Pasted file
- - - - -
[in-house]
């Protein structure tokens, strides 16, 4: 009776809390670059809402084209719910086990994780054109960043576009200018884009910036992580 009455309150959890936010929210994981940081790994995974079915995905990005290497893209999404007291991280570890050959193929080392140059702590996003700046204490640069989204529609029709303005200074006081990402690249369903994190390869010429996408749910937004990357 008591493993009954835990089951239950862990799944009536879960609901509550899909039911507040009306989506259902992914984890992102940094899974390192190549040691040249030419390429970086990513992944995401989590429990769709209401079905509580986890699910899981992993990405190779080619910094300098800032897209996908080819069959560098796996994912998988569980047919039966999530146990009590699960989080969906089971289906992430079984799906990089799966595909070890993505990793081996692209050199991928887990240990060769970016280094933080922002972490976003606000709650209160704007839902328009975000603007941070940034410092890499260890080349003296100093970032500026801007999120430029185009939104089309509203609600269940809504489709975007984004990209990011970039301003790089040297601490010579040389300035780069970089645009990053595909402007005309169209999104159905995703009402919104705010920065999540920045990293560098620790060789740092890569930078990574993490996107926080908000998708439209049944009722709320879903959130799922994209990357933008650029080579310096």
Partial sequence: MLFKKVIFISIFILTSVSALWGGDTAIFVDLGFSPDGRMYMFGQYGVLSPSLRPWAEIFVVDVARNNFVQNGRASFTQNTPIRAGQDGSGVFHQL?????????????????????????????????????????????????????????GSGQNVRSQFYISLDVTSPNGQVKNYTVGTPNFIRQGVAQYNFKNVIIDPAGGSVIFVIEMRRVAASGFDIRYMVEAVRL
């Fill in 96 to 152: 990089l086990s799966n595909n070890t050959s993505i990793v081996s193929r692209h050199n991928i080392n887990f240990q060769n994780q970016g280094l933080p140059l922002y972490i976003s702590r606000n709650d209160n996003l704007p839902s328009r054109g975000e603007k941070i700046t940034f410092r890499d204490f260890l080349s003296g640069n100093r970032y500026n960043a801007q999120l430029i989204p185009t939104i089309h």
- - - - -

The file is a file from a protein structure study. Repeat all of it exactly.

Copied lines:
[in-house]
């Protein structure tokens, strides 16, 4: 009776809390670059809402084209719910086990994780054109960043576009200018884009910036992580 009455309150959890936010929210994981940081790994995974079915995905990005290497893209999404007291991280570890050959193929080392140059702590996003700046204490640069989204529609029709303005200074006081990402690249369903994190390869010429996408749910937004990357 008591493993009954835990089951239950862990799944009536879960609901509550899909039911507040009306989506259902992914984890992102940094899974390192190549040691040249030419390429970086990513992944995401989590429990769709209401079905509580986890699910899981992993990405190779080619910094300098800032897209996908080819069959560098796996994912998988569980047919039966999530146990009590699960989080969906089971289906992430079984799906990089799966595909070890993505990793081996692209050199991928887990240990060769970016280094933080922002972490976003606000709650209160704007839902328009975000603007941070940034410092890499260890080349003296100093970032500026801007999120430029185009939104089309509203609600269940809504489709975007984004990209990011970039301003790089040297601490010579040389300035780069970089645009990053595909402007005309169209999104159905995703009402919104705010920065999540920045990293560098620790060789740092890569930078990574993490996107926080908000998708439209049944009722709320879903959130799922994209990357933008650029080579310096």
Partial sequence: MLFKKVIFISIFILTSVSALWGGDTAIFVDLGFSPDGRMYMFGQYGVLSPSLRPWAEIFVVDVARNNFVQNGRASFTQNTPIRAGQDGSGVFHQL?????????????????????????????????????????????????????????GSGQNVRSQFYISLDVTSPNGQVKNYTVGTPNFIRQGVAQYNFKNVIIDPAGGSVIFVIEMRRVAASGFDIRYMVEAVRL
């Fill in 96 to 152: 990089l086990s799966n595909n070890t050959s993505i990793v081996s193929r692209h050199n991928i080392n887990f240990q060769n994780q970016g280094l933080p140059l922002y972490i976003s702590r606000n709650d209160n996003l704007p839902s328009r054109g975000e603007k941070i700046t940034f410092r890499d204490f260890l080349s003296g640069n100093r970032y500026n960043a801007q999120l430029i989204p185009t939104i089309h």